This may be a rather familiar concept – a lone woman in a secluded house is tormented by a masked killer – however the spin being she happens to be deaf and mute. So that adds a little bit of a twist to what is otherwise fairly formulaic. However in the hands of relatively unknown Mike Flanagan who made the underrated Oculus this at least has a few interesting surprises and nice touches to keep this viewer entertained.
At a lean 82 minutes it wastes little time in getting going, setting up its premise and ramping up the tension and gets all sorts of creepy as we occasionally get things from the woman’s view point; complete with the sound muffled for added atmosphere. However with a one-note killer that is basically nothing more than a walking cliché and a clichéd setting that for some reason a deaf and mute woman seems perfectly at ease leaving doors unlocked and well, having a cat for company than say, a dog … what is initially a fun ride quickly begins to show some cracks.
Thankfully, Kate Siegel delivers a decent portrayal of a woman who isn’t your stereotypical helpless victim and proves believably resourceful. Yet what support cast there is, is serviceable rather than all that memorable; a neighbour, the neighbour’s husband and what appears to be an ex-boyfriend, all with little characterisation. I’d have liked a bit more going on and an actual connection between the woman and the killer/tormenter, but we get nothing – is that supposed to be scarier? Yet Flanagan handles the thrills with some degree of skill and plays with the concept enough to still deliver a fast, violent and effective movie. It may not redefine a tired genre but still does it’s job rather well.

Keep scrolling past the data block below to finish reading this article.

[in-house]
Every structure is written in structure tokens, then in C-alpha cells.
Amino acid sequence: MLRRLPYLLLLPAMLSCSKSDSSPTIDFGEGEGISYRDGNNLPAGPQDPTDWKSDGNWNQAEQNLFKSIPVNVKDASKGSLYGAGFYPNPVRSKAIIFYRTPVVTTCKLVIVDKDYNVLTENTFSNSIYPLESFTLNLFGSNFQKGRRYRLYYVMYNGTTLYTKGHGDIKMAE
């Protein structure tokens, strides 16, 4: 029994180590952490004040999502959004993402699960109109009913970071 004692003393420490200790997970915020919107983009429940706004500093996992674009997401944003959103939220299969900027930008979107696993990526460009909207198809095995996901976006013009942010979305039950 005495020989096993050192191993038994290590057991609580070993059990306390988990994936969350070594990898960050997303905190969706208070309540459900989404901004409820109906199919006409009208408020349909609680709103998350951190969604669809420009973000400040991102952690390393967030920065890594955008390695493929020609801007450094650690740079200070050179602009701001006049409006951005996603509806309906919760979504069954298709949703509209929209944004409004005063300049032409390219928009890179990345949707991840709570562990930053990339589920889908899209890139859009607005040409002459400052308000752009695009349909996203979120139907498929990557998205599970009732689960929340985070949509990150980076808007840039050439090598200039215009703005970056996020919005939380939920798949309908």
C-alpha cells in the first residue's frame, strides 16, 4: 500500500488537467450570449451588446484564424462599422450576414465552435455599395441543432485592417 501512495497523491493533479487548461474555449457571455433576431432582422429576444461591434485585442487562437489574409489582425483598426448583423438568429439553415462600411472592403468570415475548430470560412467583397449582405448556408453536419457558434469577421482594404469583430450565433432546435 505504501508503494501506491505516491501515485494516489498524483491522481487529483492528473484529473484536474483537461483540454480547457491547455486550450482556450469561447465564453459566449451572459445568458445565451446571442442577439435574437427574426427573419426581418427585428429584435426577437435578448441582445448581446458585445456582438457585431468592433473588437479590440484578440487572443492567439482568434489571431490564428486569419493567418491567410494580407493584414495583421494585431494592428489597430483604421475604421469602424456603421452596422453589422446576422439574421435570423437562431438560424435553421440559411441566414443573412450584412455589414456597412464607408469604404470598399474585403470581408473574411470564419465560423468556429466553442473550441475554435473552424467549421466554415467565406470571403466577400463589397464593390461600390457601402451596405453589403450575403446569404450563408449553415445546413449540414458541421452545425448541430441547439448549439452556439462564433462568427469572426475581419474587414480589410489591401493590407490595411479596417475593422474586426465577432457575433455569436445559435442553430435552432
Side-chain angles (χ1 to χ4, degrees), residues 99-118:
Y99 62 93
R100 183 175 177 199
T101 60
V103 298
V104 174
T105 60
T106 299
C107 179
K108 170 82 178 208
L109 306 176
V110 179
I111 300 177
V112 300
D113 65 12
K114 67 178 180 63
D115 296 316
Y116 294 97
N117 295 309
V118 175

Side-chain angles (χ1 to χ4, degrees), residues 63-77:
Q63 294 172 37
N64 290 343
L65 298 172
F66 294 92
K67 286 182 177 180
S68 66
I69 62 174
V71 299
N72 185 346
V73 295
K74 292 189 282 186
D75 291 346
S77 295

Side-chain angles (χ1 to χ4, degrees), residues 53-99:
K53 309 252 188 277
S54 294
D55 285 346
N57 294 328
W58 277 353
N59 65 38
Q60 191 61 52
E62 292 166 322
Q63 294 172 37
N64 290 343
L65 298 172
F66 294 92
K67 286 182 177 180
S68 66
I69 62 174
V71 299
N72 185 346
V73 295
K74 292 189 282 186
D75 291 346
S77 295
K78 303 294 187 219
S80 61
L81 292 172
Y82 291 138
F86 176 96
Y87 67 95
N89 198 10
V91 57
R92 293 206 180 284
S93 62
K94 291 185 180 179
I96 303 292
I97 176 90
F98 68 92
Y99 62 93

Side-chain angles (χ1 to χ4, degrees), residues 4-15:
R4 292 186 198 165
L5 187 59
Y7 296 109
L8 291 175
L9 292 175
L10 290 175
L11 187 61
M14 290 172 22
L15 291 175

Some movies it’s good to go into totally blind. No viewing of trailers, no reading of reviews. Although I had heard this was meant to be pretty good as far as the glut of supernatural horrors of late, ala Insidious and The Conjuring. This tells the tale of a young twenty something guy (James Van Der Beek look-a-like Brenton Thwaites) freshly released from a psychiatric hospital following an incident in his childhood. Reunited with his sister, she reminds him of a promise they made when they were younger, and following an auction, sets up a night of observing what happens in the company of an antique mirror, that may or may not hold within a dormant, malevolent entity.
The movie skilfully and cleverly jumps back and forth from the present and to that fateful night when the siblings were just children, and the events that lead up to the guy’s incarceration. This is spooky, has some great ideas and two very strong performances, especially from the gorgeous Karen Gillan (yes, former Doctor Who assistant) as the guy’s elder sister. It plays on your perceptions, twists your head into wondering if what you see is happening or just in the character’s heads, and throughout various red herrings and freaky encounters really got me questioning what was going on. It’s certainly a horror that keeps you on your toes, and some hallucinations, including a memorable light bulb / apple mix up as well as some Ring-like creepy woman moments all made for a genuinely unsettling experience.
It doesn’t get as nasty or as disturbing as some horrors can be (probably a good thing), and could be seen as more an exploration of the adverse affects of a childhood trauma and the transition into adulthood. Yet the always scary concept of a possessed mirror and along with the time jumps … meant this horror fanboy came away rather impressed.
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